On our first date, Maurice ended it, not with a kiss, but a ‘I’m going to make you a mix tape!’ I was amused. I was concerned. I was somewhat petrified. This guy was a prog rock fan. Hadn’t I spent most of my adolescence mocking Rush and Yes? Is this karma taking a bit ol’ dump on me? He mailed me the tape. I was living in Boston at the time, he was in the boondocks of NH. I held it. I read the songs. I put it on my desk. I went out for ice cream. Around day 3, I finally had the room to myself (living in a boarding house with 40 other woman, that was a feat) and carefully placed it in my boom box. The first song was ‘Sweetness’ by Yes. ’Honey Pie’ by The Beatles, ’She’s a Rainbow’ The Rolling Stones, ’Come up and See Me (Make me smile)’ by Duran Duran,

    by Faust, The Musical Box by Genesis:

    Not. Very. Subtle.

    Anyway, this book. This could be Maurice and me. I know that some people dismiss Rob Sheffield and I don’t know enough about him to say that that’s okay. Maurice would probably know… he knew all the rock critics. But, this story… these mix tapes. They spoke to me in a completely sappy selfish way. I see a lot of Maurice in Rob. Another confession: I don’t read the blurbs about books before I start them. If I like the title or the cover or someone said ’You should read this’, I will go with that. I had no idea that this was a sad love story. (Yeah, I know… the title is ‘Love is a Mix Tape: Life and loss, one song at a time’ --I didn’t really catch the loss part. There’s Rob. Then there’s Rob and Renee and then there’s RobinRenee and then there’s just Rob again. There’s a part where he’s talking about just being Rob again:

    I wonder if Maurice ever thought things like

    I know that I did.

    Rob relates almost everything through music. He reminds me a lot of Rob Fleming from Nick Hornby’s

    . The guy that always has headphones on, that totally judges you by your cd collection, that has a song for everything. Maurice was always gently forcing me to like his music. I’m a whiny guitar alternadude type of gal. Play me some REM or Blind Melon or Polyphonic Spree. I would get in the car and find a cd in the player and suddenly I’m listening to Argent’s

    or ‘Karn Evil 9 1st Impression Pt, 1 & 2’ by ELP. This went on for TWENTY years…. He never tired of it. I have milk crates full of Maurice creations. I can identify with these people. I would strike back with some of my own and we would argue during long car rides what was neutral ground. ELP was out. Genesis was neutral. Poi Dog Pondering was out. INXS was neutral and so on…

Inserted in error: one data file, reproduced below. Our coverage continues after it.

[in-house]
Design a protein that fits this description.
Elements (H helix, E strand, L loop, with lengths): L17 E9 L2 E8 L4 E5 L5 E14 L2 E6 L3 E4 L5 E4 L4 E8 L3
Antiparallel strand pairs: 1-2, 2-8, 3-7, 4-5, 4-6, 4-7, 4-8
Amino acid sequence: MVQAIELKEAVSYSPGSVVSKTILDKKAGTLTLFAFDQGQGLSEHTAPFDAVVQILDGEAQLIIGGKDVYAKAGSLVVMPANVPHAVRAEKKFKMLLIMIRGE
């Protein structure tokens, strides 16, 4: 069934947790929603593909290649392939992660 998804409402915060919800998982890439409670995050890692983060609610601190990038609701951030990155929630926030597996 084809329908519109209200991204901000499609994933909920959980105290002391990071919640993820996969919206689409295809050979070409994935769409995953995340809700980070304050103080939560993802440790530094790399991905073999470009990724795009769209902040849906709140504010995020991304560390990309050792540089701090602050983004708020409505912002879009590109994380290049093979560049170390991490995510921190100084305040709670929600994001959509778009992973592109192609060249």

I guess that what I’m trying to say is that this book might not be for every one. The minute gestures and pop culture commentary might annoy people. They may not laugh where I laughed or cried when I cried. That’s okay. There are other books. I’m just glad that I had the opportunity to read this one. I feel less alone and that’s a biggie for me.

    I can’t think of a truer sentiment. Maurice is the Smashing Pumpkins ‘1979’ when I’m driving on a warm spring night with the windows down. He’s Nanci Griffith’s

    when I’m having a good cry in the tub. He’s Rage Against the Machine’s ‘Killing in the Name Of’ when I’m annoyed with hipsters. It sounds corny, but he gave me this gift and I’m so proud of him and so thankful.

    I miss you, Maurice.

  • Diane

    I fell head-over-heels in love with this book, just as Rob Sheffield fell hard and fast when he met Renee. The book is their love story, but it's also a love story about music. Each chapter opens with the song list from a mix tape Rob either made or received. It was fun to skim the titles, looking for tracks I had used in my own mix tapes.

    One of my favorite chapters was when Rob got picked to play the music at his junior high dance. He screwed up big time. He filled his tape with power anthems,

    I fell head-over-heels in love with this book, just as Rob Sheffield fell hard and fast when he met Renee. The book is their love story, but it's also a love story about music. Each chapter opens with the song list from a mix tape Rob either made or received. It was fun to skim the titles, looking for tracks I had used in my own mix tapes.

    One of my favorite chapters was when Rob got picked to play the music at his junior high dance. He screwed up big time. He filled his tape with power anthems, which the boys loved, but the girls hated them and wouldn't dance. He said he still had a lot to learn about women.

    Both Rob and Renee were radio DJs and music writers, and he admits the only thing they had in common was music. Rob even wooed Renee by making her a mix tape, which is included in one of the chapters.

    I expected this book to be sad because Rob warns us early that his wife died of a pulmonary embolism after only five years of marriage, but the book is very funny and sweet, with only one chapter that was a real tearjerker.